Isaiah 10:5-7, 13b-16
"The Lord will not abandon his people." Psalm 94:14 (Responsorial Psalm)
Over the last couple of weeks, I have had the chance to visit some people that I haven’t seen in a long time. Age has seems to have done something to them. They seem to be much more concern about the current state of affairs in our world. These are people of faith and yet they seemed to have lost hope in the Providence of God.
For some reason people today imagine the present more evil than the past. For example, my friend lived during the Great Depression, during which affected millions of people and caused untold suffering and misery. He also lived during the Second World War, when millions and millions of people died violent and painful deaths in faraway lands. There were brutal dictators who systematically put to death millions of people because of their race and ethnicity. Memory will sometimes reduce the pain of human suffering that we have experienced.
No one is saying that these times are better or ideal. The realities of war, natural disasters and dictatorships continue to rain down suffering and pain upon innocent people. Maybe it is the constant reporting of disasters that provoke great anxiety and stress among us. Or it could also be sensational reporting that puts blame upon scapegoats in order to offer simple solutions to complex realities. For some, it seems that God has abandoned the world and has allowed evil to triumph.
It seems to me that every generation looks upon its present time and declares it the worst ever. In the fifties, it was the dictators within the Soviet Union and China, the military juntas in Latin America and the communist take-over in the United States. In the sixties, it was the disintegration of the establishment by the hippie revolution, the hedonism of the emerging generation, incurable epidemics and the addictions to drugs. We could go on and on. Each decade had "prophets" of doom who declared that the world would soon come to an end because of our worsening human condition.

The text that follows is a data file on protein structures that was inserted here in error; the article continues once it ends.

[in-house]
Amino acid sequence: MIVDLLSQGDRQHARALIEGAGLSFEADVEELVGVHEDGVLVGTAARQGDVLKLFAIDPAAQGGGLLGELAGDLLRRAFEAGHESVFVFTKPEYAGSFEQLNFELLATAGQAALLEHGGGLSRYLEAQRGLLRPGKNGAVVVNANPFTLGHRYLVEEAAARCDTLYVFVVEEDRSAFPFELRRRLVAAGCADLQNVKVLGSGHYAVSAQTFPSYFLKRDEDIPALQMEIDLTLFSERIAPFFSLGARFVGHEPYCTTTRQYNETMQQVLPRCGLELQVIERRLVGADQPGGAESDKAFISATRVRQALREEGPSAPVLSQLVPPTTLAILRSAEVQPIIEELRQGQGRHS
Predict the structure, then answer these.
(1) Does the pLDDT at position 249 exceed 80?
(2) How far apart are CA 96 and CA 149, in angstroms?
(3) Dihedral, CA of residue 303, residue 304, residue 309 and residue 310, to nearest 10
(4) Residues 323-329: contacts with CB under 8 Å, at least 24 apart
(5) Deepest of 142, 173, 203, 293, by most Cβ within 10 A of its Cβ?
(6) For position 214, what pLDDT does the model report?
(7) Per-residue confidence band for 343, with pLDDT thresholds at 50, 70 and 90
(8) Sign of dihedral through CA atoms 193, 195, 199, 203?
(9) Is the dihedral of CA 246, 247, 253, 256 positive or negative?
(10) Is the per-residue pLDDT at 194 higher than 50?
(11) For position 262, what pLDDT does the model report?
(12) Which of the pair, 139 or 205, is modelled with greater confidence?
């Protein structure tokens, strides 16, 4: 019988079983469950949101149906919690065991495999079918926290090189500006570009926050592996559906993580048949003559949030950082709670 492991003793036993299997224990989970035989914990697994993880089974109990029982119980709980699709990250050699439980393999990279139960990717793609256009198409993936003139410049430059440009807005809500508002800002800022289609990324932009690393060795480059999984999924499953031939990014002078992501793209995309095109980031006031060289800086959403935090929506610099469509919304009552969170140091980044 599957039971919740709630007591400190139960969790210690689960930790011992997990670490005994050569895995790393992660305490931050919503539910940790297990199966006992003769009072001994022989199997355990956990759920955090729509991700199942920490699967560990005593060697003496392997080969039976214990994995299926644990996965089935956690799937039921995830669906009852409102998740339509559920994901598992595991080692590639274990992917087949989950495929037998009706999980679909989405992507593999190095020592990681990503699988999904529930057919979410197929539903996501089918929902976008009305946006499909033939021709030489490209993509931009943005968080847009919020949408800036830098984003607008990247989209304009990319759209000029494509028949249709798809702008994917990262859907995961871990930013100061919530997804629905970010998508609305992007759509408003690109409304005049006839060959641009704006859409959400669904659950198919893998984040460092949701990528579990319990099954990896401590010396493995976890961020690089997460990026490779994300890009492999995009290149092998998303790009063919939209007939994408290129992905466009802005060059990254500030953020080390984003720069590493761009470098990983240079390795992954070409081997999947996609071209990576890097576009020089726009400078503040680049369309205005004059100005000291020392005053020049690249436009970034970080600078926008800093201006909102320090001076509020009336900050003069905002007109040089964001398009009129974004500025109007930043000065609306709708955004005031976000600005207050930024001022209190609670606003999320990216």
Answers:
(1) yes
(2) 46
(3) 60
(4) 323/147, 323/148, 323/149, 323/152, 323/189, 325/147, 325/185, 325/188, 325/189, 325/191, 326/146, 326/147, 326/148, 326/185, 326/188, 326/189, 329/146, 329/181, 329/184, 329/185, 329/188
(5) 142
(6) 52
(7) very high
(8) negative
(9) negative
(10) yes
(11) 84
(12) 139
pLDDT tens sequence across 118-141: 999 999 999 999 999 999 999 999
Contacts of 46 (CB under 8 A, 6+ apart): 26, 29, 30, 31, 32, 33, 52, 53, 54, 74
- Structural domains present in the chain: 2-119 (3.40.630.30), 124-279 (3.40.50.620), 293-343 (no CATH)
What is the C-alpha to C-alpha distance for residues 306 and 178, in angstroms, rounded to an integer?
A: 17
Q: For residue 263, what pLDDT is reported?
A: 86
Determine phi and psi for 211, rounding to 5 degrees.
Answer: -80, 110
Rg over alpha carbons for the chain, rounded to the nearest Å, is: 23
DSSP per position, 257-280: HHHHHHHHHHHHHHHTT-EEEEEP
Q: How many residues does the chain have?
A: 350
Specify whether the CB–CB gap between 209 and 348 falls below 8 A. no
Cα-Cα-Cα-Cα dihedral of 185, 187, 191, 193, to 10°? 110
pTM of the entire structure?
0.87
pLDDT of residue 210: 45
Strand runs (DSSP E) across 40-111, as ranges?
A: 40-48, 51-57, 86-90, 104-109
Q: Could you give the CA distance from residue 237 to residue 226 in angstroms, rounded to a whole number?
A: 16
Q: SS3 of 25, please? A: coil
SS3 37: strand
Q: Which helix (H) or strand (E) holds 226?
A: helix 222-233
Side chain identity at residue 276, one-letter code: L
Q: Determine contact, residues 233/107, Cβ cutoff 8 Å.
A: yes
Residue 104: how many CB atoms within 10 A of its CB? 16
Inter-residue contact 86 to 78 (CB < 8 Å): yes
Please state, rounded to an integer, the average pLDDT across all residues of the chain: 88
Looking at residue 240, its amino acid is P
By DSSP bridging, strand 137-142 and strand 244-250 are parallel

In today’s Gospel, Jesus assures us that God has not abandoned us, even when we are surrounded by affliction and disasters that we cannot humanly understand, even by the wise and the learned. Jesus praises his Father for being in charge. He reveals to us that those who trust God as children trust their parents are ones who are truly blessed. They do not take on God’s role, thinking that they are the ones who have to figure out how God is going to prevent all of these terrible things from happening. God saves us one person at a time and one community at a time. And God gives us the resources we need to overcome any kind of suffering that we encounter. It is called Grace. It begins with Faith. It is made manifest by Love. So, we do not despair, but embrace Hope.
Trust is such a beautiful thing! This is what makes Jesus’ prayer in today’s Gospel such a timely one. Today, let us give praise to God for all the good things we have received and the courage to deal with the injustices that surround us. We are God’s children, after all.
Fr. Clemente Barrón, C.P. is a member of Immaculate Conception Community in Chicago, Illinois.